Even more thoughts on biometrics
Last week, in this column, I mentioned the interview with Unisys' Mark Cohn. That interview discussed the research his company had done on biometric adoption and comfort levels for consumers. Mark's main point was that biometrics, according to their data, had reached a "tipping point" where consumer confidence in the technology was reached that would allow even greater adoption on a mass scale.
This week we found another excellent article, written not by SIW but by the good folks at CNN.com, which looked at some overall trends in biometrics. In the article, Isabelle Moeller, general manager of the Biometrics Institute, said that biometrics still faces issues with public perception. The article touches a bit on public perception (though curiously, it didn't reference the statistics that had just come available from Unisys), but also gives a consumer-level overview of biometrics and different form factors. The most interesting part of the article for me was to learn that researchers are even considering tongue scanning as a biometric form factor. That one for sure is going to take a while before the public would (if ever) be comfortable with such an idea. Talk about invasive!
When exactly biometrics hits a tipping point that it becomes part of a consumer's daily, digital life is hard to predict, but in the government security space, biometrics isn't slowing down. The Department of Homeland Security announced that the US-VISIT program was expanding the list of persons who would need to use the program when visiting the U.S. That program captures 10-digit fingerprint data and a facial photograph of U.S. visitors for biometric recognition and identity verification upon entry and exit.
Defining your role as CSO
ASIS and ANSI release CSO standards
If you're leading security for your firm, we recommend you take a look at the new ANSI-approved "CSO Standard" which was developed by ASIS International. The document looks at the responsibilities and roles of CSOs at private and public organizations, and what the reporting structure for such a position might include. It also provides input on the background for hiring such a position -- valuable information for those of you already in such a role or aspiring to take on such a job. As Jerry Brennan, who headed the CSO Standards committee for ASIS, elegantly defines the role of the CSO as the following: "a single governance position at the senior level being accountable for crafting, influencing and directing the organization-wide security-related risk and protection strategies in a manner that is compatible with that enterprises' structure and culture."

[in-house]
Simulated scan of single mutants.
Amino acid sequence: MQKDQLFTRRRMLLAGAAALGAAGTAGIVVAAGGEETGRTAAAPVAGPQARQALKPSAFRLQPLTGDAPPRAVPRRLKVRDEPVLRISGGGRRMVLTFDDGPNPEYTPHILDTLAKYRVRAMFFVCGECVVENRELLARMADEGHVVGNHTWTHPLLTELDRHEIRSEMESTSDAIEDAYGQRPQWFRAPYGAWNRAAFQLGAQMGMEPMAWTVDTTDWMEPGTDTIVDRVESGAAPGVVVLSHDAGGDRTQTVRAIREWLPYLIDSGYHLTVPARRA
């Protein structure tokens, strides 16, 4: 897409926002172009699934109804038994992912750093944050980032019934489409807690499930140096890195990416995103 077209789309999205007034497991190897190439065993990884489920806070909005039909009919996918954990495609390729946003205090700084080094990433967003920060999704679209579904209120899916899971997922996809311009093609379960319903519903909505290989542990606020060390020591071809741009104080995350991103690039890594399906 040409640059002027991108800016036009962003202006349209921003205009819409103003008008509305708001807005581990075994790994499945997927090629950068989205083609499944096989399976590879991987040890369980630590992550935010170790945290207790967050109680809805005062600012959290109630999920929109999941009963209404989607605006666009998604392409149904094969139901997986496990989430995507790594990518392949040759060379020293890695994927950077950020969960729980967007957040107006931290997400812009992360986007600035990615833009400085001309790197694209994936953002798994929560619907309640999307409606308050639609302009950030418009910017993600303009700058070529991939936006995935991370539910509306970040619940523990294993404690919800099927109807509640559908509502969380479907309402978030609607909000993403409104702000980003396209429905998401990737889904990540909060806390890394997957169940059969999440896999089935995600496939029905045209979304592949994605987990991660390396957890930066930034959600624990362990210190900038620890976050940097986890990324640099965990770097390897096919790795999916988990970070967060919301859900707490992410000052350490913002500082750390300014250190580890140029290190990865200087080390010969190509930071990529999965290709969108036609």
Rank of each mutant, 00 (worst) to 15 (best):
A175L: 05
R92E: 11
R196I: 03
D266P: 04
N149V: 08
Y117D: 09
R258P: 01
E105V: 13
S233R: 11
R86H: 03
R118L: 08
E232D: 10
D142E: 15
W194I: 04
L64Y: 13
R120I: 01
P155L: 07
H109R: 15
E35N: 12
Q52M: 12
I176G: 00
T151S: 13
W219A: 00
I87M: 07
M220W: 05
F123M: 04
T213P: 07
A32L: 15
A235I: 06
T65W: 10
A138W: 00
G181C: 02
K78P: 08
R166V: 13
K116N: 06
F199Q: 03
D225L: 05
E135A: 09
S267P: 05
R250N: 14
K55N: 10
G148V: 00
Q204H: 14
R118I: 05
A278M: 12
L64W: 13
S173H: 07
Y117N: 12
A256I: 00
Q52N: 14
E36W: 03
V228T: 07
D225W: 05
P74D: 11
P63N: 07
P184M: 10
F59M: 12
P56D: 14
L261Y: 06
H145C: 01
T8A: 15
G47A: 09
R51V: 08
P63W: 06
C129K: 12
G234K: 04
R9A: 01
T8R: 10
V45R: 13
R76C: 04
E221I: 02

In other news:
S2's new support center, Ohio State research on analytics, Sports event security, more
S2 Security Corporation, makers of the S2 NetBox and S2 Enterprise IP-connected physical security management systems, unveiled its new customer tech support center, which required a facility expansion. ... Boeing has officially completed its acquisition of DRT, a company which makes wireless communications systems used for homeland security and defense applications. ... The fight against piracy became even more unilateral, with China joining a pirate-fighting force near Somalia.
Two Ohio State University researchers are part of a team working on a project which involves tying together panoramic imaging and video analytics processing. ... iN Control Security is acquiring Cal-Bay Controls. ... NFL stadiums are playing host in 2009 to a series of training workshops for collegiate sporting event directors and security staff. ... Niscayah (formerly Securitas Systems) is feeling the global economic downturn and is restructuring with 600 layoffs planned.
Oddball security stories of the week
Dumb criminals and a security idiot
Dumb criminals: Mall security officers at Cross Creek Mall in North Carolina discovered a bag filled with drugs and cash left in the food court area after a couple enjoyed some of the fine cuisine typically found in such places. The bags contents included thousands of dollars, cocaine and marijuana. They turned the matter over to police and an arrest of the couple followed.
Dumb security: A security guard at Harrah's New Orleans casino was the victim of a shooting and has no one to blame but himself. The poor chap was spotted playing with his gun via the casino's video surveillance system just before he shot himself in the leg. He was in stable condition following the self-inflicted shooting, and thus doesn't earn a Darwin award, but we'd guess he's not a likely candidate for more armed security jobs in the future.
Finally, here's a look at the most read stories of the week: